Sometimes I get nostalgic about overhead projectors.
The teacher would turn off the lights, turn on the projector, take out a transparency and a dry-erase marker and begin a lecture. The overhead projector was simple technology that was an essential part of the classroom through the 1990s. Fun fact: 3M, inventor of Scotch Tape and Post-it Notes, was one of the biggest sellers of overhead projectors.
3M stopped selling overhead projectors in 2015 after more than 50 years. They were lapped by a wave of more sophisticated digital devices that ushered in a new era of creativity and collaboration.
The explosion of internet-connected devices, though, has put a strain on business’ technology infrastructure. Tech managers face challenges in dealing with the avalanche of data, having enough bandwidth, managing a multitude of applications and making sure their networks are secure, reliable and scalable. These internet-connected devices need to be centrally monitored and managed in order to deploy them in a scalable way.
To manage these issues, companies — from startups to multinationals — are increasingly turning to the cloud. As Amazon’s Jeff Bezos likes to say, the cloud is “providing all of us with unbelievable opportunities to reinvent our business, add new customer experiences, redeploy capital to fuel growth, increase security and do all of this so much faster than before.”
As cloud computing keeps growing and growing, every company selling equipment to companies to put in their data centers is feeling pressure to adapt. Moving your management infrastructure to the cloud greatly simplifies application management, network design and deployment, as well as data collection and retention. Even seemingly simple devices like AV, lighting and HVAC components benefit from management in the cloud.
Deploy and manage
A cloud application provides tech managers with a centralized tool that enables them to install and manage thousands of devices in the same amount of time as it would to manage just one. Installation time can be reduced by up to 90% because devices can be simultaneously configured as a group before they are shipped to separate locations to be plugged in.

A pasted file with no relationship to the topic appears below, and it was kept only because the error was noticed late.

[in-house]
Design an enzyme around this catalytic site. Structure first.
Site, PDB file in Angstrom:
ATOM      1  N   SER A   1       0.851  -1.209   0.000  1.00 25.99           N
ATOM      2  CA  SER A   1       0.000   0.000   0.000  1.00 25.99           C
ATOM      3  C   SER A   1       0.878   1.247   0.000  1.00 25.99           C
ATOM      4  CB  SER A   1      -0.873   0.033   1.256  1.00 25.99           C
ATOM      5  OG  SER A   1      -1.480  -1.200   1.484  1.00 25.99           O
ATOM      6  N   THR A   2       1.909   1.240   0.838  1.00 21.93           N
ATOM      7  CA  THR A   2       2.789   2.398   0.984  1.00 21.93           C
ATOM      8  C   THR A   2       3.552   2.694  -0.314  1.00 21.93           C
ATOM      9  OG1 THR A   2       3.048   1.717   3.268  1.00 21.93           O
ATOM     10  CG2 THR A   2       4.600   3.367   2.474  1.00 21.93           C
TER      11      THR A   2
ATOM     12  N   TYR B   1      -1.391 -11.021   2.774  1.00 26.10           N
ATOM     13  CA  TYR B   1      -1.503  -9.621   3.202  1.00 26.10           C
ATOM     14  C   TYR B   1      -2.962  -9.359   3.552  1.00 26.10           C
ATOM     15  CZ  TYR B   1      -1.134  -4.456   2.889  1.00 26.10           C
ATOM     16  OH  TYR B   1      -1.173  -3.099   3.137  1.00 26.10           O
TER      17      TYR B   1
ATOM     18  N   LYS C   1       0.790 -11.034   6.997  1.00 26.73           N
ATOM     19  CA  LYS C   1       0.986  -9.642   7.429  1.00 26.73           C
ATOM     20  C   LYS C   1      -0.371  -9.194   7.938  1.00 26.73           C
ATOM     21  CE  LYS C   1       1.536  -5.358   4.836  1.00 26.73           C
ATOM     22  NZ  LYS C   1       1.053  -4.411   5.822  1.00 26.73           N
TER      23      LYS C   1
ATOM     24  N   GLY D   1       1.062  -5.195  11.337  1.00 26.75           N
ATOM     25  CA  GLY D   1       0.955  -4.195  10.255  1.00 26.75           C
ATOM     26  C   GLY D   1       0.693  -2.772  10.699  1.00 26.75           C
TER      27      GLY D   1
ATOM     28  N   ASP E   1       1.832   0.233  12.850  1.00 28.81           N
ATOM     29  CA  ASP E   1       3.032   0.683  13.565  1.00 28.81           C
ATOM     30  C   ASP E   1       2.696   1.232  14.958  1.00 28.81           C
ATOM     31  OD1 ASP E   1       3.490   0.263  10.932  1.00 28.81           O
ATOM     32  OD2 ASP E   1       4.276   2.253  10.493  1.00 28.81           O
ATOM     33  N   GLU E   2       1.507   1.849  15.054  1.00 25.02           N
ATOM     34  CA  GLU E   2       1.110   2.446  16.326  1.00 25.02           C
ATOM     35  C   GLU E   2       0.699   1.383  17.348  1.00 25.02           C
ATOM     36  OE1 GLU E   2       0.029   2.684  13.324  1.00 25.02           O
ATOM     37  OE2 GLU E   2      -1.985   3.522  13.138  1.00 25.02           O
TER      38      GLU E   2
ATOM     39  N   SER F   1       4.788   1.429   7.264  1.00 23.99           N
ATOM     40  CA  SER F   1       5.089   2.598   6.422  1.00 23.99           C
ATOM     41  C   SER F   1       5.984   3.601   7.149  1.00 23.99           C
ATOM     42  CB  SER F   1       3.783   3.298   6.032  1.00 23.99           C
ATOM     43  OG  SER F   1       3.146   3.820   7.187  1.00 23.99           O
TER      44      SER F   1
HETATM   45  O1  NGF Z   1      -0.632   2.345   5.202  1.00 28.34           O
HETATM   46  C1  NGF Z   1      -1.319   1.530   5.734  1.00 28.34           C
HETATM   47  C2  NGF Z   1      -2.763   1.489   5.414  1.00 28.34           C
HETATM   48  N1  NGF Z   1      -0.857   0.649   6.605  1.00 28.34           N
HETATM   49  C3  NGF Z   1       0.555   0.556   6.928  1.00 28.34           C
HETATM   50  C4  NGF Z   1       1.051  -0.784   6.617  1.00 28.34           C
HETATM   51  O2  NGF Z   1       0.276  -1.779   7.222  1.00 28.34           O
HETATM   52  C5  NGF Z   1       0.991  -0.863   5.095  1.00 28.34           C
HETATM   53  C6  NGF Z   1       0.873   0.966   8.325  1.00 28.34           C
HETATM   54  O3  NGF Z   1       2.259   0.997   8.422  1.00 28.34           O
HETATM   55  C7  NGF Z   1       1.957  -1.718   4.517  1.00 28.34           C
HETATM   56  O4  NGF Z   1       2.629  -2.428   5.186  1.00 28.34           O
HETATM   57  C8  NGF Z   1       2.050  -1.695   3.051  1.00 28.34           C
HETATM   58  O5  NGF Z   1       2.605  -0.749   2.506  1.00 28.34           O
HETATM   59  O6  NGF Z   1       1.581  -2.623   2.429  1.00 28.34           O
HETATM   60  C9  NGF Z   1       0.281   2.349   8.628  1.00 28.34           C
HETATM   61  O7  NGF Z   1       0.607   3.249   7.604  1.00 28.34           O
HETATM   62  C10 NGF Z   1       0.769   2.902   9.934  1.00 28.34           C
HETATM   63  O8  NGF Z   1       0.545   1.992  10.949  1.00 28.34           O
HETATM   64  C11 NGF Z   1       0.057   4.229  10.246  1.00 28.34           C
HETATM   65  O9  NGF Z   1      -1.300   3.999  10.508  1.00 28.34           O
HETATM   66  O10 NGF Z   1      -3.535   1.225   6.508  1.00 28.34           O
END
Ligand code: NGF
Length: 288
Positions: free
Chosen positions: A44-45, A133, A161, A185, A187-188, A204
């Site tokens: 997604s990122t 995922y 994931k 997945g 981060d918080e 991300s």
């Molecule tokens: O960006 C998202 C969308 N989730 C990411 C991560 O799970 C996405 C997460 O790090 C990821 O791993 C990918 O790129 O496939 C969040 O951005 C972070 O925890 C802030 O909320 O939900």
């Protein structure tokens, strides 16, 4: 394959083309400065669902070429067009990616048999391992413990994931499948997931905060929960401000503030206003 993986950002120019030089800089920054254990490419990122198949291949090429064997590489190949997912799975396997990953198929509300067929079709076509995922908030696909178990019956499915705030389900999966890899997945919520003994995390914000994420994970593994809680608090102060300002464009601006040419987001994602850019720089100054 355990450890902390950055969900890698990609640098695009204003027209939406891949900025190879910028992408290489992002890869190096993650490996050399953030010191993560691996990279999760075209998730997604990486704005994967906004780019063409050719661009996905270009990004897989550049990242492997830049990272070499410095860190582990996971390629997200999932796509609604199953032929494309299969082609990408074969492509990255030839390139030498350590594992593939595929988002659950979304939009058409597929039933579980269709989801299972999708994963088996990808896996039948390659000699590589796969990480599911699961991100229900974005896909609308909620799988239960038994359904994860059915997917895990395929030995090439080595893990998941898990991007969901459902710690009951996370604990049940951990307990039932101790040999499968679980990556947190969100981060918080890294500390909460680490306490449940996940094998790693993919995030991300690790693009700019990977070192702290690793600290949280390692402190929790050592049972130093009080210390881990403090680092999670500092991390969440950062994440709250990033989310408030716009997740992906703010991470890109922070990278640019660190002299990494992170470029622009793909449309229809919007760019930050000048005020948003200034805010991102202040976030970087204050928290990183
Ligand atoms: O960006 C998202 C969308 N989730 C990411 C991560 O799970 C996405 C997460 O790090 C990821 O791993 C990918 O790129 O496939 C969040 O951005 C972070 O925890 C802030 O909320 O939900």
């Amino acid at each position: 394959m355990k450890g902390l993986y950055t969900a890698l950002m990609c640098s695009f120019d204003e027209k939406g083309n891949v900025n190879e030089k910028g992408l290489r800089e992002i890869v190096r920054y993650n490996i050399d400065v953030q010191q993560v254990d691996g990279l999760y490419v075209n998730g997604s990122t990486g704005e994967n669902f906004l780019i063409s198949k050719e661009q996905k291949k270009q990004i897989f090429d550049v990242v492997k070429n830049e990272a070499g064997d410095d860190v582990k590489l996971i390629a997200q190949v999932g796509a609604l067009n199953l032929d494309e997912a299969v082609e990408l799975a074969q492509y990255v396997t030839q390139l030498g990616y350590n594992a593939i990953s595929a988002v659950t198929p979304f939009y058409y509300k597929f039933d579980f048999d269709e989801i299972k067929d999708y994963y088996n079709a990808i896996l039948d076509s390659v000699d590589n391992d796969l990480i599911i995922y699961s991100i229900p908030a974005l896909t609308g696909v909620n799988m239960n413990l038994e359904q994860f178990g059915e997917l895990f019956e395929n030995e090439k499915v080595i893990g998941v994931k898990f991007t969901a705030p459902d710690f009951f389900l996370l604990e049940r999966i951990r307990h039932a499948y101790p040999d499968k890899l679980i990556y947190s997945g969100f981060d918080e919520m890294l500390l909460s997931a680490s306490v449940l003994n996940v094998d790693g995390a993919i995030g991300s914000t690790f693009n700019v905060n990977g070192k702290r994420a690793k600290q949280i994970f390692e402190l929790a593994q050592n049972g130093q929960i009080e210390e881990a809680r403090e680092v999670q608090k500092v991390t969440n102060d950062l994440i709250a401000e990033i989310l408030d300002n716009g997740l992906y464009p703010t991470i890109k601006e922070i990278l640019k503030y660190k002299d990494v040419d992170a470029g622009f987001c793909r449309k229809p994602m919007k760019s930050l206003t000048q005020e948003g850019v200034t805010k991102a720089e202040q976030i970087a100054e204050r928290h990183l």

Cloud-based systems are also more efficient to manage when scaling beyond a handful of devices. Rather than having to manage multiple individual devices, each with its own firmware updates and critical security patches, the entire system is managed and updated remotely through a single portal.
Security fixes are installed in minutes, not days. Devices can be moved or replaced, and all the settings are automatically uploaded. Dispatching a programmer to the site? A thing of the past.
With the virtualized network, system administrators can check all the equipment at a glance, even on the go. Problems are quickly detected and can be resolved remotely by the help desk, leading to fewer disruptions. The central monitoring makes conference rooms and boardrooms more reliable and efficient because the devices are always working. That gives people using the rooms peace of mind.
Measure and analyze
With so many devices transmitting data today, just about everything can be measured. How often is the room being used? How often is the video conferencing being used and for how long? A cloud application puts all the data at your fingertips. How do you know if you made a good spending decision if you don’t know how much your equipment is being used? When you can track that, you can get a better idea of whether you’re making the right decisions. This kind of intelligence also is a good planning tool. It allows companies to design spaces and technology around the people that use them.
As we all know, the increasing sophistication of our workplaces has also created more opportunities for chaos. Your laptop won’t connect to Wi-Fi when it’s not docked. The presentation on your iPad won’t sync with the flat-screen TV in the conference room. The video on your videoconference is fuzzy. And the audio is a few seconds behind.
The internet of things and cloud computing can create order out of the chaos. Over three-quarters (78%) of enterprises say the introduction of IoT into the workplace has improved the effectiveness of their IT team, while 75% find it has increased profitability. The creation of a smart office means integrating individual elements, collecting data from them and repurposing it to make the working space — and the people in it — more productive.
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